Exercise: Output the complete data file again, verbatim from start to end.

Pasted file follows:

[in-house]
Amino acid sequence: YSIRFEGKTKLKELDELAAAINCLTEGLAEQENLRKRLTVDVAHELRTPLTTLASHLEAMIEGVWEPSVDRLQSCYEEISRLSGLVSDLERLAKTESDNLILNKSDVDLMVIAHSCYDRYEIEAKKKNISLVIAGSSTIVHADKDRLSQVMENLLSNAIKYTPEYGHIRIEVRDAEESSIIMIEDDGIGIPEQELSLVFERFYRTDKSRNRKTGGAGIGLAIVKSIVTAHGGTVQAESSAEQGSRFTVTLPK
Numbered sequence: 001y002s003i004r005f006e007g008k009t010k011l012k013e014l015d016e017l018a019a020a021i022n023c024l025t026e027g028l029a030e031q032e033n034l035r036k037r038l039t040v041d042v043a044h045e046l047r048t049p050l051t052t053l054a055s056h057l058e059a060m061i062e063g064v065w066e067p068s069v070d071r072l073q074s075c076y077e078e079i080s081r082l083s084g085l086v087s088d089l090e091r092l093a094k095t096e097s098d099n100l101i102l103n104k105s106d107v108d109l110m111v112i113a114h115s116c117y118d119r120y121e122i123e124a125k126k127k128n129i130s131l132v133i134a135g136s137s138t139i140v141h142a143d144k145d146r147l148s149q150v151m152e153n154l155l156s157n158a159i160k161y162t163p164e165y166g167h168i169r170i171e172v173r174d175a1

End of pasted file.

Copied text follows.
[in-house]
Amino acid sequence: YSIRFEGKTKLKELDELAAAINCLTEGLAEQENLRKRLTVDVAHELRTPLTTLASHLEAMIEGVWEPSVDRLQSCYEEISRLSGLVSDLERLAKTESDNLILNKSDVDLMVIAHSCYDRYEIEAKKKNISLVIAGSSTIVHADKDRLSQVMENLLSNAIKYTPEYGHIRIEVRDAEESSIIMIEDDGIGIPEQELSLVFERFYRTDKSRNRKTGGAGIGLAIVKSIVTAHGGTVQAESSAEQGSRFTVTLPK
Numbered sequence: 001y002s003i004r005f006e007g008k009t010k011l012k013e014l015d016e017l018a019a020a021i022n023c024l025t026e027g028l029a030e031q032e033n034l035r036k037r038l039t040v041d042v043a044h045e046l047r048t049p050l051t052t053l054a055s056h057l058e059a060m061i062e063g064v065w066e067p068s069v070d071r072l073q074s075c076y077e078e079i080s081r082l083s084g085l086v087s088d089l090e091r092l093a094k095t096e097s098d099n100l101i102l103n104k105s106d107v108d109l110m111v112i113a114h115s116c117y118d119r120y121e122i123e124a125k126k127k128n129i130s131l132v133i134a135g136s137s138t139i140v141h142a143d144k145d146r147l148s149q150v151m152e153n154l155l156s157n158a159i160k161y162t163p164e165y166g167h168i169r170i171e172v173r174d175a1